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ARS Home » Plains Area » Lubbock, Texas » Cropping Systems Research Laboratory » Plant Stress and Germplasm Development Research » Research » Publications at this Location » Publication #202148

Title: Chlorophyll fluorescence as an indicator of plant water status in cotton

item SMITH, C
item Burke, John
item McMichael, Bobbie
item Duke, Sara

Submitted to: National Cotton Council Beltwide Cotton Conference
Publication Type: Proceedings
Publication Acceptance Date: 1/9/2007
Publication Date: 1/12/2007
Citation: Longenberger, P.S., Smith, C.W., Burke, J.J., McMichael, B.L., Duke, S.E. 2007. Chlorophyll fluorescence as an indicator of plant water status in cotton [abstract]. National Cotton Council Beltwide Cotton Conference, January 9-12, 2007, New Orleans, Louisiana.

Interpretive Summary:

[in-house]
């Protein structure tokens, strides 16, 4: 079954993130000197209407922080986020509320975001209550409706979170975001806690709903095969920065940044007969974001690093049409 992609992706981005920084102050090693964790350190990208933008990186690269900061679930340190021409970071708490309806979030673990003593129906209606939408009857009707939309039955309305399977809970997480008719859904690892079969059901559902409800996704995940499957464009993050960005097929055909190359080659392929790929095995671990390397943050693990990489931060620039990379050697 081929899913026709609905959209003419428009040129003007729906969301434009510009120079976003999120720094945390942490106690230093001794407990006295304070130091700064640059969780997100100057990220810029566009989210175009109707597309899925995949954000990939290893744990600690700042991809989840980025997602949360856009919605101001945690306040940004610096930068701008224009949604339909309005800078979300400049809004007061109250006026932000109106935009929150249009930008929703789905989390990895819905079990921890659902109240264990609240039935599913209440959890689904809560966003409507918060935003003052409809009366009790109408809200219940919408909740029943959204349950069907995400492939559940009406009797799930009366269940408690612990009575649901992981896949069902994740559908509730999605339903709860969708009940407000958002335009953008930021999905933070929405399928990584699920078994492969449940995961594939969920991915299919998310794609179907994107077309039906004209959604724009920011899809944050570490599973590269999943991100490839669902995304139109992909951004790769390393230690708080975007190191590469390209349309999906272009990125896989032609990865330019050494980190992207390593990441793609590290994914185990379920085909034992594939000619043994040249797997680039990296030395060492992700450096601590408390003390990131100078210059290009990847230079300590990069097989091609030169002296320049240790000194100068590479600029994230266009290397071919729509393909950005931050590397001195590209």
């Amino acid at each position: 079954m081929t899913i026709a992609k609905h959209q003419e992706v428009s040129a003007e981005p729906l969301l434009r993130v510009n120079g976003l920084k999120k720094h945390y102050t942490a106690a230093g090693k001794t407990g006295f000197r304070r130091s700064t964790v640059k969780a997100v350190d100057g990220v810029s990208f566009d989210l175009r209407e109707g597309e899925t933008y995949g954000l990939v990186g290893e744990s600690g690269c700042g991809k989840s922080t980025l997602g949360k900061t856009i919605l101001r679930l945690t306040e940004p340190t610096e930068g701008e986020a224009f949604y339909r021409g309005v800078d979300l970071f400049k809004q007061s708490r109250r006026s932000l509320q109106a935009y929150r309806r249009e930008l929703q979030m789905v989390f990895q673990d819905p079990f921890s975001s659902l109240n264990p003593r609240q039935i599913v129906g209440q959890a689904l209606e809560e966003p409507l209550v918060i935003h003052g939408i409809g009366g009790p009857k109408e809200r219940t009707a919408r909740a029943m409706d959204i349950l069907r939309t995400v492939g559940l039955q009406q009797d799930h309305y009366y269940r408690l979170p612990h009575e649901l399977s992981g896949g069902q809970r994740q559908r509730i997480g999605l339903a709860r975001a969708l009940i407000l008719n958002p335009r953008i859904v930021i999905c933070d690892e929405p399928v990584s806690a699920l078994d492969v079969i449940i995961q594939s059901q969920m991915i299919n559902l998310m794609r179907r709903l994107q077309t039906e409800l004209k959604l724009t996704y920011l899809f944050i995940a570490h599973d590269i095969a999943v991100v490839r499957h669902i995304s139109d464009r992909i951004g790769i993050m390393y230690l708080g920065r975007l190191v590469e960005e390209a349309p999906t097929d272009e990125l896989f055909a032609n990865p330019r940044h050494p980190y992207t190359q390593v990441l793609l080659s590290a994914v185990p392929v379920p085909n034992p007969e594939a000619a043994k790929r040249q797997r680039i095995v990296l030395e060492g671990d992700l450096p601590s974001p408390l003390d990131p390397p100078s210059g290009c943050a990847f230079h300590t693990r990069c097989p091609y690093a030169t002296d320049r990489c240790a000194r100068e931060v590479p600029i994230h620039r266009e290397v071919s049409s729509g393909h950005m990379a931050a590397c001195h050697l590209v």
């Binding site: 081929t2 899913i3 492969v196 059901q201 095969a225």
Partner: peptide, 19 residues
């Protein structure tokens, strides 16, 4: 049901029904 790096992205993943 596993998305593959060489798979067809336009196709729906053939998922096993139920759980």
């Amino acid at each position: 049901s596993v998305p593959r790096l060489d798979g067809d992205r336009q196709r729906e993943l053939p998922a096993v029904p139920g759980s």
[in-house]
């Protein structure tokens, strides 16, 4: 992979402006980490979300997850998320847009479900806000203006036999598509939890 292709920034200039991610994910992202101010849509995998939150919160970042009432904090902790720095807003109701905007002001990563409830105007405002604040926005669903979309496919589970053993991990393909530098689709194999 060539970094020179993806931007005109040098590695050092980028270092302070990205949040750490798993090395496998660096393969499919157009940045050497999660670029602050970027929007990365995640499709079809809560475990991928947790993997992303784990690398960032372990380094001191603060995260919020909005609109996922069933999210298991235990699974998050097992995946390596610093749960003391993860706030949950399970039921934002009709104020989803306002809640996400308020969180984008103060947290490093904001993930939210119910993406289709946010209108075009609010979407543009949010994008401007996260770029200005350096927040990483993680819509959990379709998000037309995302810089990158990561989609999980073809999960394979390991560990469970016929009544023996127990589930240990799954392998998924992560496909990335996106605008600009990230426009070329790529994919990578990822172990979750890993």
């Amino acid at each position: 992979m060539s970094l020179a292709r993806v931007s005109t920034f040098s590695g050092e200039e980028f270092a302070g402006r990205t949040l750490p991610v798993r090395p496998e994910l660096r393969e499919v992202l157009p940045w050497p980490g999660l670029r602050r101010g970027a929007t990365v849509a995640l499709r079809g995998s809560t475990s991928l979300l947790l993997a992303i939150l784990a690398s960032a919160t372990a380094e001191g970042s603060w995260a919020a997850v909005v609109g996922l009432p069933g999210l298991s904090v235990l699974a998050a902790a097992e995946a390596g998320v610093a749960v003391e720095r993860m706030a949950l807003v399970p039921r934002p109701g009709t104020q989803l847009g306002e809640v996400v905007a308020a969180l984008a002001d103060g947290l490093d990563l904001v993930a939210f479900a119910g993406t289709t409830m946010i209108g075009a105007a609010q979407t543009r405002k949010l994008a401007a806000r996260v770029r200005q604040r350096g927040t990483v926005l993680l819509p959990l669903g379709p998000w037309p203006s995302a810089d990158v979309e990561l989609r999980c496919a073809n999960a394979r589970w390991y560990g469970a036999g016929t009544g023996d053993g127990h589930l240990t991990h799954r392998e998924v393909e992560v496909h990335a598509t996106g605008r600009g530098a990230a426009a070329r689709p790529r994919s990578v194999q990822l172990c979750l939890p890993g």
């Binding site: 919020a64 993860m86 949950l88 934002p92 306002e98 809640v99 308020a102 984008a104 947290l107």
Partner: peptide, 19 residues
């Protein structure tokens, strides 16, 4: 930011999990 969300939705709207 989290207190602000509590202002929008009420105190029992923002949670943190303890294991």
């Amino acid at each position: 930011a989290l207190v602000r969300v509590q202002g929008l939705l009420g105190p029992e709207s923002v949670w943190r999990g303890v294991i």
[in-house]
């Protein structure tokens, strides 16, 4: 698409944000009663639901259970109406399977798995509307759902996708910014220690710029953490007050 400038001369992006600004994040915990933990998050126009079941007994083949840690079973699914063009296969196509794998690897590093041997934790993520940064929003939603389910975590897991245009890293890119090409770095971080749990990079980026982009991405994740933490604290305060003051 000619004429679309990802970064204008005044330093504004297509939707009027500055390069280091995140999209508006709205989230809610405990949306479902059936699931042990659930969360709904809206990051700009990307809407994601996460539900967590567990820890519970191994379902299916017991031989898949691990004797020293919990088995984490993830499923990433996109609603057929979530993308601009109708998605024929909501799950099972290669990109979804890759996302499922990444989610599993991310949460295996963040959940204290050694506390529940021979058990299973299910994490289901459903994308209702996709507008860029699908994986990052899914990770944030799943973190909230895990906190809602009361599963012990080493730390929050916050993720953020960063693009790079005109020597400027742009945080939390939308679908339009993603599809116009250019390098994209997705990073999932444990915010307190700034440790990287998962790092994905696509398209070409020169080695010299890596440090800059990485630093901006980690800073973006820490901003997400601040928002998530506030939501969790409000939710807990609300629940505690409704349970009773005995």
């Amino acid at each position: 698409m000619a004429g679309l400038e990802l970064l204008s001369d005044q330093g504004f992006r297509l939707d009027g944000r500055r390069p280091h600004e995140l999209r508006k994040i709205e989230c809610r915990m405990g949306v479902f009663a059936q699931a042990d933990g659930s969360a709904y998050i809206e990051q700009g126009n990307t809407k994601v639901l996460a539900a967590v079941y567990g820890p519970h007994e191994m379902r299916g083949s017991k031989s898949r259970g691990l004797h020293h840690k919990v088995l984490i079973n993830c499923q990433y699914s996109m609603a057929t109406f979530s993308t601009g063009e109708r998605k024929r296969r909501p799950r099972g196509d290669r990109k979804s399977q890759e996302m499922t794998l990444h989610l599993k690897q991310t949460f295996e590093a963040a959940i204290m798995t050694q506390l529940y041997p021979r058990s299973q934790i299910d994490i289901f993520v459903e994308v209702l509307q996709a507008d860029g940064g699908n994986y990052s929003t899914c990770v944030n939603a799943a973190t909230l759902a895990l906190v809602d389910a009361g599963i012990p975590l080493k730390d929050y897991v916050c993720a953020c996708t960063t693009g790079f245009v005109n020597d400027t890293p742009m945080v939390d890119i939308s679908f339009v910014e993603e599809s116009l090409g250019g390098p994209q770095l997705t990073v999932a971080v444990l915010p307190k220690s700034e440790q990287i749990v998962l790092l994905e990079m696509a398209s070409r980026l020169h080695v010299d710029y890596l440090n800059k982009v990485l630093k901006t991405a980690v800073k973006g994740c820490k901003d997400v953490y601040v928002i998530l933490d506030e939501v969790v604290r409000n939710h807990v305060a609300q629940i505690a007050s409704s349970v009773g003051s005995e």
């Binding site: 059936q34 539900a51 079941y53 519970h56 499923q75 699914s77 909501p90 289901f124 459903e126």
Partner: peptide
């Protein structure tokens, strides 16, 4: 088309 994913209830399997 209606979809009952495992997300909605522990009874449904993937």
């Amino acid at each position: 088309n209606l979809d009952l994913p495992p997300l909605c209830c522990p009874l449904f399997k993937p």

Technical Abstract: Various methods exist for the measurement of plant water status. Plant breeders value methods that are fast and inexpensive lending themselves to the efficient evaluation of large segregating populations. Chlorophyll fluorescence is a parameter commonly measured by plant physiologists when studying plant response to changing water status. The objectives of this greenhouse study were [1] to determine if chlorophyll fluorescence measurements could differentiate 2 cotton genotypes grown under various water regimes and [2] establish the relationship between chlorophyll fluorescence and dry matter accumulation. Based on previous field experiments, 2 genotypes were selected according to their tolerance to drought as monitored via chlorophyll fluorescence. TAMCOT 22 was shown to be drought tolerant and TAM 89E-51 was shown to be susceptible. Two seeds were sown of each genotype in 1-gallon pots filled with Metro-Mix 200 (Sun Gro, Bellevue, WA). The plants were thinned to 1 plant per pot after germination. The experiment consisted of 5 water treatments and two replications. There were ten plants of each genotype per replication. 4 of the 5 water regimes called for the plants to be watered to field capacity every other day until the plants reached the 5-true leaf stage. The fifth treatment, or low water (LW) treatment, called for the plants to be watered at 27 percent of field capacity from the start of the experiment. At the fifth leaf stage irrigation was discontinued in the stop water (SW) treatment, irrigation was lowered to 27 percent of field capacity in the reduce water (RW) treatment, irrigation was continued in the control (C) treatment, and the water level was raised to 2.5 cm above the soil surface in the waterlogged (WL) treatment. An initial fluorescence measurement was taken just prior to establishing the 5 treatments. Leaf punches were harvested in early morning from the fifth true leaf of each plant and placed in 24-well plates half-filled with dH2O. After returning to the laboratory, leaf punches were transferred to moist filter paper lining a pyrex dish. The punches were covered with Glad wrap and an initial measurement was taking with an OS1-FL modulated chlorophyll fluorometer (Opti-Sciences, Hudson, NH). The punches were then incubated at 40°C and additional measurements were taken hourly for 5 hours. Under this procedure stressed plants maintain high levels of fluorescence after incubation due to carbohydrates that were not mobilized overnight. The opposite is true for non-stressed plants. Fluorescence was measured 6 times over a two-week period. At the conclusion of the experiment number of leaves was recorded and plants were harvested at the cotyledonary node for the measurement of fresh and dry weights. The data were analyzed with analysis of covariance in SAS software using the regression procedure (release 9.1.3) (SAS Institute).